Sunday, February 24, 2013
The DAG/Student U mentor pairs took a field trip yesterday to the Contemporary Art Museum in Raleigh (CAM). I had been once before, but one of the galleries was essentially closed, hanging a new exhibit, and the other had some funky, found object, interactive sculptures with music and light. I wasn't overly impressed with that exhibit, my friends at the www.scrapexchange.org could have come up with more interesting pieces (I am biased).
The exhibits we saw yesterday were interesting. The one in the photos above, in the lower gallery, were mainly black and white drawings on paper, very reminiscent of MC Escher with optical tricks and cartoonish figures. Some were extremely intricate, others bolder in their presentation. The artist had also created these linear patterns on the floor with tape which appealed to me the most, and as you walked into the gallery space, YOU were immediately part of the canvas. He was there at the time, giving a gallery talk, and I asked him about the floor; whether he figured out the math ahead or what was his planning process. He bravely admitted that he just started in one spot and kept going. He said there were some mistakes, and that he had strategically placed a few smallish sculptures over the really bad spots. I immediately warmed to that information, and the courage it took to admit it to the group who were listening. I think contemporary art has to be bold and brash, it takes a lot of gumption to decide to cover a museum floor in tape (with mistakes) and force the viewers of your wall pieces to be part of a canvas.
The artist in the upper gallery had made some scientific machines, one captured a single drop of water and kept it suspended on a gentle breeze, he also had a tornado machine that could whip around some paint dots, and make a painting. Then again, he stacked up some mdf boards using prime number configurations and called it a bench. And boiled up Evian water and put the sediment in a glass etched with the mountain range from which it came.....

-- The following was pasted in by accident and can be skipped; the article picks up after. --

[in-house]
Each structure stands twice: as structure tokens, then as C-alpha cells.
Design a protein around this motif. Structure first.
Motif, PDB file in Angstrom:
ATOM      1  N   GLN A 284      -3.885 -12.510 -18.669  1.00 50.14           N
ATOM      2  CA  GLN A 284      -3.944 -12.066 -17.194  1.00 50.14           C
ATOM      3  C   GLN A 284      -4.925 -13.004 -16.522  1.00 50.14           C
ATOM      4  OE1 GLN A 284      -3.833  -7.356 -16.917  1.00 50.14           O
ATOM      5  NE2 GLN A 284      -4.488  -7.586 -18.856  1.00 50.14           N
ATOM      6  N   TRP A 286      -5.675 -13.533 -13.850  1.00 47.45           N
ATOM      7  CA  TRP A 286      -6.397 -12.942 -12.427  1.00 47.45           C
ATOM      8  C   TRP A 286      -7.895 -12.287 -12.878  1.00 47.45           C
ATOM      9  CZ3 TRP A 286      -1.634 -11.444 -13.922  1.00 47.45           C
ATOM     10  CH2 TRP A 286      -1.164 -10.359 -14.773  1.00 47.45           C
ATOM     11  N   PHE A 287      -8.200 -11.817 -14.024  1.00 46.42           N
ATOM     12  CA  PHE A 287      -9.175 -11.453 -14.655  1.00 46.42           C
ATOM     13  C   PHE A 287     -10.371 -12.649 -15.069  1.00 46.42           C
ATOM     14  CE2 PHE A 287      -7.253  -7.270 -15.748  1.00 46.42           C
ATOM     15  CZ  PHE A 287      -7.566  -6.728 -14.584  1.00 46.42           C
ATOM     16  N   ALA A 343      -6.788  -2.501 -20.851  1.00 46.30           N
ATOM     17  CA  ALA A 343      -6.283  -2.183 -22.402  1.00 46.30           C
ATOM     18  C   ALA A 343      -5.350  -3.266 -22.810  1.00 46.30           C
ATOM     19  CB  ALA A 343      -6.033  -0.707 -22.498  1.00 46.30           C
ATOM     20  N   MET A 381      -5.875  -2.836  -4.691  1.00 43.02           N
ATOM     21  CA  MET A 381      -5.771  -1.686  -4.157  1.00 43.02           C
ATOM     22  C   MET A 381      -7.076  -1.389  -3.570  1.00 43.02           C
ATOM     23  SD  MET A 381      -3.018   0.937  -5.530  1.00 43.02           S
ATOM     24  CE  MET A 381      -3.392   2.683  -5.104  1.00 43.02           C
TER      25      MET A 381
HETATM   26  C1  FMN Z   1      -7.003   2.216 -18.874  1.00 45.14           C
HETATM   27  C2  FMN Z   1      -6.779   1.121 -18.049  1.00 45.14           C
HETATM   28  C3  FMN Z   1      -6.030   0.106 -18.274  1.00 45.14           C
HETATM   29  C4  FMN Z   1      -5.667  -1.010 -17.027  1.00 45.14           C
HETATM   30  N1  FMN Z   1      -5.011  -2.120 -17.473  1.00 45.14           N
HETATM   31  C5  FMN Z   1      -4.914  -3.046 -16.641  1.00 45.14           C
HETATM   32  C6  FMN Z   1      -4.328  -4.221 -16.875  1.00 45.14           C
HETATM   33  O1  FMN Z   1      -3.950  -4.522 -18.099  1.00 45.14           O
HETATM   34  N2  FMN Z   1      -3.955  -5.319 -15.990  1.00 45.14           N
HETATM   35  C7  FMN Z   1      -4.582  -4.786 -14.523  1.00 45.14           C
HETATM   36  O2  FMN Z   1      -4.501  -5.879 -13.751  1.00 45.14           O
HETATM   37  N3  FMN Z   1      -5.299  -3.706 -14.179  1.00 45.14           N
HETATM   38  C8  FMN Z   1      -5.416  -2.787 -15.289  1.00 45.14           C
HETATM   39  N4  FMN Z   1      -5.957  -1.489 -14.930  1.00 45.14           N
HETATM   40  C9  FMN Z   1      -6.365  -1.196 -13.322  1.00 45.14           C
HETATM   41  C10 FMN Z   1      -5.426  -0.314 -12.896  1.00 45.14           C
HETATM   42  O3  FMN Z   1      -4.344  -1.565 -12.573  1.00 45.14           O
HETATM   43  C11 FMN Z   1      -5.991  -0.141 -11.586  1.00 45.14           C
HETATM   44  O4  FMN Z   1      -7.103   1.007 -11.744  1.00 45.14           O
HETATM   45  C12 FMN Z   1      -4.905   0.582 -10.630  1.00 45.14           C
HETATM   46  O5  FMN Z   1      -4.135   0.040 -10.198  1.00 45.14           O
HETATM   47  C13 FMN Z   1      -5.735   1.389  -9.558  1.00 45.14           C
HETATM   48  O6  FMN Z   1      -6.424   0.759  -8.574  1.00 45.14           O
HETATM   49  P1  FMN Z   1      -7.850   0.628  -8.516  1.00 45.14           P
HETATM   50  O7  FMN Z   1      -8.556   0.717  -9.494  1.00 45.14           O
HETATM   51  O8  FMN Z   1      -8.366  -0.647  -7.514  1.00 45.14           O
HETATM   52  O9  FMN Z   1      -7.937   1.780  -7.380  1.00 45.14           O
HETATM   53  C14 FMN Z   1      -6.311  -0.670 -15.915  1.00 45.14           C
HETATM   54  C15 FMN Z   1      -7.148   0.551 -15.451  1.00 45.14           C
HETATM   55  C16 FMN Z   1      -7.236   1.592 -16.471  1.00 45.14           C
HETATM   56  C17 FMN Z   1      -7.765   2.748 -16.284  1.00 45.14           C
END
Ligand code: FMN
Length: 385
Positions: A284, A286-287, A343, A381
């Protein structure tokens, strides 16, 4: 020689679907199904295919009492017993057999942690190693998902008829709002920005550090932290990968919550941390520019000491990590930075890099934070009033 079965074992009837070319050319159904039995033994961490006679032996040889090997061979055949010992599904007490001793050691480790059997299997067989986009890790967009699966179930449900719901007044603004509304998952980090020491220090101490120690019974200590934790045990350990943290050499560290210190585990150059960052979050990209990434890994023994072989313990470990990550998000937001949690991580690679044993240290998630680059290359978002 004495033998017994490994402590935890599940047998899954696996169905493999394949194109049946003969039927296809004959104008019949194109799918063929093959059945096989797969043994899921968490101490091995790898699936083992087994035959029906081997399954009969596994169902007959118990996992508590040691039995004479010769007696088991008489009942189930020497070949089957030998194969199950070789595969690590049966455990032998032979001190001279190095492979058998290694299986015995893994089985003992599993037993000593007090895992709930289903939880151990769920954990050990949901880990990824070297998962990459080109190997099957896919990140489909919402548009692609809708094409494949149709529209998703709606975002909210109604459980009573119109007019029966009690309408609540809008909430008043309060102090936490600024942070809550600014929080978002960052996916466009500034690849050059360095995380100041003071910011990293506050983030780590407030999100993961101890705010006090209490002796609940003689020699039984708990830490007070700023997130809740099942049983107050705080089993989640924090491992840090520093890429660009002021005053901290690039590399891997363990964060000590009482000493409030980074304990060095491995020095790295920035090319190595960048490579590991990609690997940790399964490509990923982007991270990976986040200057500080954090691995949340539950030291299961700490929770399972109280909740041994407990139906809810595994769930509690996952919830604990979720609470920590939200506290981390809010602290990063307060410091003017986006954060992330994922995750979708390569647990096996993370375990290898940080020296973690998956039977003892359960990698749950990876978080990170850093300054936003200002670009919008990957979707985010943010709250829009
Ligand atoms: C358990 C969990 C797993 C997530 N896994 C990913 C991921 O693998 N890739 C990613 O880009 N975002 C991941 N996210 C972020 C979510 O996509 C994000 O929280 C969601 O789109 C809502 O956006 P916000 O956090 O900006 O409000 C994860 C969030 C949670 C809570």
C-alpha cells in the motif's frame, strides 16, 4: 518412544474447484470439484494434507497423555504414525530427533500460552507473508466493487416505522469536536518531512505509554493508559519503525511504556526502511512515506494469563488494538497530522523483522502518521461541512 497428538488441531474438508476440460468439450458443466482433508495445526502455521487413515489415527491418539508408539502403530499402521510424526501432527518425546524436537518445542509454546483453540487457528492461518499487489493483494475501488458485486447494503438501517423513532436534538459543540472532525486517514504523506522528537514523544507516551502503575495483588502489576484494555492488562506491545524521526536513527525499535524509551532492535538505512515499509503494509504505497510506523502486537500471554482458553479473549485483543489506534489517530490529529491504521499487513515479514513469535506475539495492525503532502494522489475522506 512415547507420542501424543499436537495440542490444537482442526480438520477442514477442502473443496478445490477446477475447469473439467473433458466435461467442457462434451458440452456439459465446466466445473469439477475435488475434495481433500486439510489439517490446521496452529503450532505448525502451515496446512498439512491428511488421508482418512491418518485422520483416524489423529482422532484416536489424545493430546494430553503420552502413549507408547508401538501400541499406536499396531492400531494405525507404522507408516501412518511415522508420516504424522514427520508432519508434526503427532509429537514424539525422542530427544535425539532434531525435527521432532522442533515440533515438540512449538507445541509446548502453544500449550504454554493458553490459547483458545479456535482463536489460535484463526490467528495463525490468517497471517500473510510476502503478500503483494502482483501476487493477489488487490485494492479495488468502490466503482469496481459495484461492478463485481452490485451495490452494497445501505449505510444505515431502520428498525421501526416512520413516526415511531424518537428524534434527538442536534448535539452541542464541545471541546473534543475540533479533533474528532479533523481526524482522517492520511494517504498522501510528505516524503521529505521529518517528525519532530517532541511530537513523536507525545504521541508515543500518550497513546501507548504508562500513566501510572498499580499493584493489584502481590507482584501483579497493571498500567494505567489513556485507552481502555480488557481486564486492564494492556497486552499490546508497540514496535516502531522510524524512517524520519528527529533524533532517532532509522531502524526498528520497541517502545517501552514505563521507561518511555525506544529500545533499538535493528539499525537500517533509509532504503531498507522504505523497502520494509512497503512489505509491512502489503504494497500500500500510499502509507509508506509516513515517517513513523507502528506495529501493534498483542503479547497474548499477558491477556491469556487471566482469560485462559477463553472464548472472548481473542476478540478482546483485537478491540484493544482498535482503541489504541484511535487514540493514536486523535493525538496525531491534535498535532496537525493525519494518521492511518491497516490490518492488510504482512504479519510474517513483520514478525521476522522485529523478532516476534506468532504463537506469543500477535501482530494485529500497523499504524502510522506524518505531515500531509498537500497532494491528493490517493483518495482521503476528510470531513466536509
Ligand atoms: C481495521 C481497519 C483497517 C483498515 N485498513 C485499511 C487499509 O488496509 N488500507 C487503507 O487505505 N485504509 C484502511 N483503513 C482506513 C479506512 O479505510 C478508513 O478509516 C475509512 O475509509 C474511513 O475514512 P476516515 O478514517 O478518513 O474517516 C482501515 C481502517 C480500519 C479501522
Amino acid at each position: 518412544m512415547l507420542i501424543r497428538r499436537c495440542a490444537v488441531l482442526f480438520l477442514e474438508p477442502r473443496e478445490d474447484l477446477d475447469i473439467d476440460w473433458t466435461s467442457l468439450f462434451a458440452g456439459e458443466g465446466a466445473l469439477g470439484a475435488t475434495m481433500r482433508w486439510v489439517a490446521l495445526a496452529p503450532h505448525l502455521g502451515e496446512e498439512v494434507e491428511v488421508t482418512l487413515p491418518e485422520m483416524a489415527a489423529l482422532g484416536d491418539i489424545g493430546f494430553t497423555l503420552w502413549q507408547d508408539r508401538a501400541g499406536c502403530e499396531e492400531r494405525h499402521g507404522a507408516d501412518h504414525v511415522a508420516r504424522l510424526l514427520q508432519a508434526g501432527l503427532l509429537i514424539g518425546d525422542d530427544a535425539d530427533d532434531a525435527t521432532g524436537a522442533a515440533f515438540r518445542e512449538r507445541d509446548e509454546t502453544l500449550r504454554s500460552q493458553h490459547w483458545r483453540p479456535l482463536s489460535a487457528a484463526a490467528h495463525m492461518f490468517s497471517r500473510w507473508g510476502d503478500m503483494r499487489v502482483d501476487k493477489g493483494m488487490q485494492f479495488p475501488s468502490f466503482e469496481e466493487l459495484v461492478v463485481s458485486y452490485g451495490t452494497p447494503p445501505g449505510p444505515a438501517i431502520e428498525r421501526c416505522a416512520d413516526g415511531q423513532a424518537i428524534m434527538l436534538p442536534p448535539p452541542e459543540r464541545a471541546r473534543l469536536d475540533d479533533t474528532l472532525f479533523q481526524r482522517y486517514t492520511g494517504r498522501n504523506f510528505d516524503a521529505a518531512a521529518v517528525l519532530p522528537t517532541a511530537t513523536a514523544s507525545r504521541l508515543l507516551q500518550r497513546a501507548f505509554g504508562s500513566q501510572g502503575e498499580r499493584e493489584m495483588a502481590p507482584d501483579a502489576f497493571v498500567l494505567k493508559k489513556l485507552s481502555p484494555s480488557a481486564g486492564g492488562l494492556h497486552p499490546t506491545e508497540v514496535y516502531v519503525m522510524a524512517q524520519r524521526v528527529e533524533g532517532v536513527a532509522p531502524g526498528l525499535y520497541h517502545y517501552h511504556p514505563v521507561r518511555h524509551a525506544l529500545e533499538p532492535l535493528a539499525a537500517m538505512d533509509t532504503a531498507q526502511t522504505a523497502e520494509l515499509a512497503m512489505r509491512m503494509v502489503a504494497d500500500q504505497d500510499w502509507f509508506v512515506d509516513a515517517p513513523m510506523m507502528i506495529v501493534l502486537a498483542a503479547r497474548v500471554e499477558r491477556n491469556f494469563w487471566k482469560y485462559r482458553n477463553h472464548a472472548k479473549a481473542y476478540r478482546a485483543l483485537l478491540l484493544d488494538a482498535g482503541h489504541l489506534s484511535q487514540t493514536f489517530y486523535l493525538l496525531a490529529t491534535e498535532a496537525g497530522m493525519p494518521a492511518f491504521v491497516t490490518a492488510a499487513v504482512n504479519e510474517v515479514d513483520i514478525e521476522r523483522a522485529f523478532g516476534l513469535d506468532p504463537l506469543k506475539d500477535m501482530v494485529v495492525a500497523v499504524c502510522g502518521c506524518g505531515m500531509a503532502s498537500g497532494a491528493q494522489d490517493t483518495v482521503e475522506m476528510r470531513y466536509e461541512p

I think most contemporary art must ask the viewer in some way whether they think what is being presented is art (or not). I have a pretty broad acceptance, how about you?
Sunday, February 17, 2013
Several of you wonderful friends have asked about additional viewing dates/times for my mosaic exhibit "layers" over at NC School of Science and Math ETC Auditorium Lobby. It is a student building on campus, so not always open to the public. Here are some upcoming open dates/times...
Feb 23,24 8am-3pm
Mar 2, 9,16 8am-3pm
April 27 8am-3pm
May 10, 11 6-9pm
May 12 1-5pm
Wednesday, February 13, 2013
If you're looking for a fun and special event for your Valentine (or be your own Valentine), please consider the Durham Art Guild's 19 Annual Sweet Arts Auction and Fundraiser event, this Friday, Feb 15, 7-10pm at Golden Belt. Proceeds support our local artist events and programs, including a new Mentor Partnership program with Student U. Five mentor/student partners are spending two hours per week from Jan-May working together, learning together, and creating and practicing different art skills. In just a few weeks, my student has taken dozens of photographs, edited them with computer software, measured and cut glass, applied photo transfers, learned how to safely use two glass and cutting tools, trying different design ideas and layouts, and is now working on her first mosaic panel.
Meanwhile, I am enjoying getting to know this young lady, and brewing up some ideas of my own. Join us Friday evening, celebrate Valentine's day, and support our local arts!
Monday, February 4, 2013
Tessellations are fun. It's math and art combined. The word 'tessellation' also has the same root connections as 'tesserae', pieces of mosaic. I've been working again in Granville County with 8th graders at all the middle schools doing tessellating patterns that are significant to their school: N. Granville knights (look for the knight's helmet pattern), Butner Stem MS falcons, and Mary Potter, well, MP pattern. I have one more middle school left, and will be there in a few days with tessellating hornets.